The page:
Plus: Ethan Hawke on the time Philip Seymour Hoffman told him off
Credit: Desiree Navarro/WireImage

Punk-rock legend Patti Smith and actor Ethan Hawke kicked off Tribeca Film Festival’s Tribeca Talks series Thursday afternoon at Manhattan’s SVA Theater. While the event was technically billed as a Hawke-moderated discussion about Smith’s career, the pair instead opted for a more laid-back format. “How about neither of us be the moderator and we’ll both be ourselves,” Smith quipped shortly after taking the stage. Read on for some of the afternoon’s highlights.

Chet Baker almost played on Smith’s seminal 1975 debut Horses

The conversation first focused on Hawke’s new Chet Baker biopic Born to Be Blue, which Smith said “moves like methadone.” When Hawke asked Smith if she’d ever met the jazz trumpeter, she shared an impressive story of her own. The final stanza of the final song on her debut Horses begins with the line “Trumpets, violins, I hear them in the distance” — and Smith had wanted Baker’s trumpet to make a cameo. She got pretty far too, convincing Baker to take the gig until his agent demanded $5,000 compensation. Smith, who said she was making $2,000 per year working at the Strand bookstore and only had a $20,000 budget for the album, couldn’t make the finances work. “I hear the echo of him on the record,” she said. “If you hear the last song [‘Elegie’], throw some Chet Baker on, it’ll make it perfect.”

Smith seriously considered an acting career

In an alternate universe that would bum out lots of rock fans, Smith could’ve been an actress. “I thought I would be in theater,” she told Hawke, “and I loved being onstage, but I couldn’t take the repetition of having to do the same lines.” So after dipping her toes in the acting world as a teenager, Smith channeled her love of poetry and writing into musical lyricism. She took time to laud Meryl Streep — and Hawke, of course. “God bless our actors,” she said. “It’s the worst f—ing job.” To which Hawke retorted: “Is being a rock star all it’s cracked up to be?”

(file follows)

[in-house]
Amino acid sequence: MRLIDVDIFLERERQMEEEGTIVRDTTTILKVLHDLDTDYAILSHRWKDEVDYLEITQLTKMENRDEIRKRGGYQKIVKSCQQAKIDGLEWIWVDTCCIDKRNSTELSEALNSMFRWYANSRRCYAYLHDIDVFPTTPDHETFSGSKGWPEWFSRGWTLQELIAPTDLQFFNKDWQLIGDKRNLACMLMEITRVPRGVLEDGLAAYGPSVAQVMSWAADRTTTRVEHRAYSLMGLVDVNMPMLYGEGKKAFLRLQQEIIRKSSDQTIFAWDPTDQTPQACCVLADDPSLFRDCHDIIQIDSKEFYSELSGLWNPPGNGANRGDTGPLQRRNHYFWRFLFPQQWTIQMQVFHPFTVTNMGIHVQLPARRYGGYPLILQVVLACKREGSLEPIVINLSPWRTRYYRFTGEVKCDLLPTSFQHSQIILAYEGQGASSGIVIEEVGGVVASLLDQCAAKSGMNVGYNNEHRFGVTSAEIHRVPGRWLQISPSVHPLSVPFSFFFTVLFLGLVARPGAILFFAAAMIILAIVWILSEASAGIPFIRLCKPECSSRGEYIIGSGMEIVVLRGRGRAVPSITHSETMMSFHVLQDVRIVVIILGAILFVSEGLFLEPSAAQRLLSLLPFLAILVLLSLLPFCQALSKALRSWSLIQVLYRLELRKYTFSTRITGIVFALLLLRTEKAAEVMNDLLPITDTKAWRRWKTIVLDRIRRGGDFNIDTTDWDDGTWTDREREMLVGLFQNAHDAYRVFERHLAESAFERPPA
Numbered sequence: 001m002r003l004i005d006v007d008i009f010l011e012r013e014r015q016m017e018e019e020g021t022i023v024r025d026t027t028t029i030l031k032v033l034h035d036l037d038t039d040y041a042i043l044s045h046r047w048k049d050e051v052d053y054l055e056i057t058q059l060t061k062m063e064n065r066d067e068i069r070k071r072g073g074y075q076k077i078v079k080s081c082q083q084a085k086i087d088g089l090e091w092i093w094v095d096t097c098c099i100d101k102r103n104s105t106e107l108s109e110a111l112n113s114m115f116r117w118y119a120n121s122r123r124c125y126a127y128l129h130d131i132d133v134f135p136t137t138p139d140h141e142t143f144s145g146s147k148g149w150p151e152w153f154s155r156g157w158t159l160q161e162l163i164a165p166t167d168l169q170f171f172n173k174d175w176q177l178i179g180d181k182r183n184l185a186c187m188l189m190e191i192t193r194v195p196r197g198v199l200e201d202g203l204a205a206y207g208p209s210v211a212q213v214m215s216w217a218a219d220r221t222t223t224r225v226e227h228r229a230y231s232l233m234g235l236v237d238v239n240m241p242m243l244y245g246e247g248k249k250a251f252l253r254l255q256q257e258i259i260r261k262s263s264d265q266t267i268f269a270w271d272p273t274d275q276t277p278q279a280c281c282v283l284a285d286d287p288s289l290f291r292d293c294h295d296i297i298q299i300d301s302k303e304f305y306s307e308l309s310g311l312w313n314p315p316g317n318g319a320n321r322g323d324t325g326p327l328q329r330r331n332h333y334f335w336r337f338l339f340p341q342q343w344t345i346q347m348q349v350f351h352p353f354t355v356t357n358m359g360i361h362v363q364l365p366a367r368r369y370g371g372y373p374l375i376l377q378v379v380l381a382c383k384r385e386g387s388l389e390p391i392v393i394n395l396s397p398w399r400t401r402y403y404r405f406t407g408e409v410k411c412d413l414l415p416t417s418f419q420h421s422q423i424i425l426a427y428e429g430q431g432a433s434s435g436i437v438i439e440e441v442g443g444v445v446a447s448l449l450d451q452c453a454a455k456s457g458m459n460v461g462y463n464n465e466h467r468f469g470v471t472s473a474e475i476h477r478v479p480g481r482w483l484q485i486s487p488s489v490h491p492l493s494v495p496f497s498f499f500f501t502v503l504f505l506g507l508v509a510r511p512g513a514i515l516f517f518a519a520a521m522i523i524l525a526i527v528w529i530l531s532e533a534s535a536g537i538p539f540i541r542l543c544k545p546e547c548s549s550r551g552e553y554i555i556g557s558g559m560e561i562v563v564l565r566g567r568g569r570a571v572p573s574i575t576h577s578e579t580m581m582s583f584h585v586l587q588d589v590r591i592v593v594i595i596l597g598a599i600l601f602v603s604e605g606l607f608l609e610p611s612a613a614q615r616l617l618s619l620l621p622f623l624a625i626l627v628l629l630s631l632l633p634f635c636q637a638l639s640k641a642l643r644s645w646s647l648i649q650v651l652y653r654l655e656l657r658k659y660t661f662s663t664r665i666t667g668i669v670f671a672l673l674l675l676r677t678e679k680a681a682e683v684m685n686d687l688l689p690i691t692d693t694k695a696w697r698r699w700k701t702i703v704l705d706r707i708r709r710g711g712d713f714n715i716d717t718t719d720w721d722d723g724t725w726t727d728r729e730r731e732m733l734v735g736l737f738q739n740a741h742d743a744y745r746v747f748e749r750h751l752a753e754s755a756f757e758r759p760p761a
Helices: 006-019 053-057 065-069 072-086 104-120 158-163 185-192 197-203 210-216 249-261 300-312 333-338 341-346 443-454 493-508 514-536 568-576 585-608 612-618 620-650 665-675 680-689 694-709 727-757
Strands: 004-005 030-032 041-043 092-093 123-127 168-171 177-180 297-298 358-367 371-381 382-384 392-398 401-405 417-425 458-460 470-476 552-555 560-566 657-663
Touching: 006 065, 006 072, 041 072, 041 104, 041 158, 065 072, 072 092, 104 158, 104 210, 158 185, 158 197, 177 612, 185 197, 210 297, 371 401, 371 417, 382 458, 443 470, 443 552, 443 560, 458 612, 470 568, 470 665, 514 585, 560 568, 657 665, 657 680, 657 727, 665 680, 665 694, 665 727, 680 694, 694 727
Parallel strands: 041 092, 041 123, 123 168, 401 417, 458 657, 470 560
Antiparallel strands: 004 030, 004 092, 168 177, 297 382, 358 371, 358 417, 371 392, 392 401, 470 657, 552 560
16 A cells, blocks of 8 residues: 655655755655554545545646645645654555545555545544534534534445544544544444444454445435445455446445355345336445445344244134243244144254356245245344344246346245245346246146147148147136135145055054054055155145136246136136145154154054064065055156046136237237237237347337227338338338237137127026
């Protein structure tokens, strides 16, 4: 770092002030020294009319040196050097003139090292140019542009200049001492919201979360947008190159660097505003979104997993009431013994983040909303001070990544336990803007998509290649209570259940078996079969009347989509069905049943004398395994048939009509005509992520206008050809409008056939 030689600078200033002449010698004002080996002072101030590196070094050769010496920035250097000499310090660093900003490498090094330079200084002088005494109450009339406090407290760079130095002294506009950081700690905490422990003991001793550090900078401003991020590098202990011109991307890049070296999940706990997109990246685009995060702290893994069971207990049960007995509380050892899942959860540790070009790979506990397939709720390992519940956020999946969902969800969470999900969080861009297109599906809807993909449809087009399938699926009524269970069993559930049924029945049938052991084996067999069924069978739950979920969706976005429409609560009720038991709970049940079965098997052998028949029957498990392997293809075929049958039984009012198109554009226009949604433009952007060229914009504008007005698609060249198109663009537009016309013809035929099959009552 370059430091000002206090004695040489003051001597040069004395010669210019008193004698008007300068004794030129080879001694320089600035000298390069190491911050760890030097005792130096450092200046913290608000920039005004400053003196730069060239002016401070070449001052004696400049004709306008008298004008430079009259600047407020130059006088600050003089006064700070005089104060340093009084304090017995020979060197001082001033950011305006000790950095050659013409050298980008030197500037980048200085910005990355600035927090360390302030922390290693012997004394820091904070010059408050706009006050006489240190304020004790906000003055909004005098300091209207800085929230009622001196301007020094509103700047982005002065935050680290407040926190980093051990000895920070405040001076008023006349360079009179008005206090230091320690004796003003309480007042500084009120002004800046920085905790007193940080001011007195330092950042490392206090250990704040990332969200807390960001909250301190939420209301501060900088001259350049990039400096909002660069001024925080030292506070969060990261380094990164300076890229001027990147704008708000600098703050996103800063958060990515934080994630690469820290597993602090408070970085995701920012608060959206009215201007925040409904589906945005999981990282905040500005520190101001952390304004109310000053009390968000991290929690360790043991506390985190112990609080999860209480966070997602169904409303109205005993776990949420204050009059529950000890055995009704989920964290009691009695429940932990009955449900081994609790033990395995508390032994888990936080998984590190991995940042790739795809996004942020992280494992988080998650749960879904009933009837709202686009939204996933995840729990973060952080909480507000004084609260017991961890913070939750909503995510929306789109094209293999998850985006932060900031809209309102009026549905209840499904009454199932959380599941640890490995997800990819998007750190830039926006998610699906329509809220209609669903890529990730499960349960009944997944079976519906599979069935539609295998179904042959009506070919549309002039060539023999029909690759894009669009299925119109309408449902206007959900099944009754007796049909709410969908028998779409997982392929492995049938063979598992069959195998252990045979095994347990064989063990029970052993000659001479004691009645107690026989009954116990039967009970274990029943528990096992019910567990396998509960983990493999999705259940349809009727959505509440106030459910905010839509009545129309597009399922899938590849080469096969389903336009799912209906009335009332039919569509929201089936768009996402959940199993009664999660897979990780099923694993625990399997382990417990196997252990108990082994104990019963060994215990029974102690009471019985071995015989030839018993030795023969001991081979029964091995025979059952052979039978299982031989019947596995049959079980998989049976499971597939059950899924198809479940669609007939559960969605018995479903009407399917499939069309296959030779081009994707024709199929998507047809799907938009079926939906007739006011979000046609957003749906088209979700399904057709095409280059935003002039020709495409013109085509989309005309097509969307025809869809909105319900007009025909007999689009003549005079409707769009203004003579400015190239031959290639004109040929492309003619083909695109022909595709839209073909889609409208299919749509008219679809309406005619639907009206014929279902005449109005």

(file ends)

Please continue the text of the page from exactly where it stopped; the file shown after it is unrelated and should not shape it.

Hawke and Smith share a mutual friend and influence: Vincent D’Onofrio

After Smith praised Born to Be Blue, Hawke relayed advice his colleague Vincent D’Onofrio gave him for the role. “Make sure before you play this part to spend some time with some people on methadone,” the actor had told Hawke. (Born to Be Blue explores Baker’s use of the drug as an aid for halting his heroin addiction.) From there, the conversation repeatedly drifted back to the 56-year-old actor. Smith, who shared her love of British crime dramas like Luther and Broadchurch, said she got to know D’Onofrio’s work through watching him in subtitled episodes of Law & Order: Criminal Intent while she was on European tours. And although Smith has a limited acting resume, the friendship she forged with D’Onofrio led to a guest role on the show in 2011.

Philip Seymour Hoffman once told off Hawke for insulting Al Pacino’s accomplishments

As Hawke and Smith’s conversation turned to accolades and recognition, Hawke brought up a story about one of his favorite actors, Al Pacino. As Hawke told it, he questioned how much an Academy Award really mattered when discussing Pacino with the late Hoffman while working on a movie together. And in a spot-on imitation of the actor’s gruff growl, Hawke recalled his response: “You ever won one?” Hoffman told Hawke to reserve judgment until he had, and Hawke took a valuable lesson from the interaction. “What people perceive as success and failure is often flat-out wrong,” he said.

Hawke and Smith don’t have many performance rituals

When an audience member asked the duo about how they prepare for gigs, Smith provided a characteristically relaxed answer. “Whether there’s a hundred thousand people or a hundred people, usually I’m backstage laughing and joking with people,” she said. “Or somebody has their dog backstage and I’m playing with the dog and they’ll say, ‘Hey, you have to go on!’ and I’ll go, ‘Oh! OK! I’ll be right back.'” Hawke agreed, explaining that ever since he saw Willie Nelson perform he’s been striving to maintain a similar energy whether he’s on or off the stage: “Relaxation, imagination, everything, who you are can really shine when you’re not sucking it all up or tearing it all down.”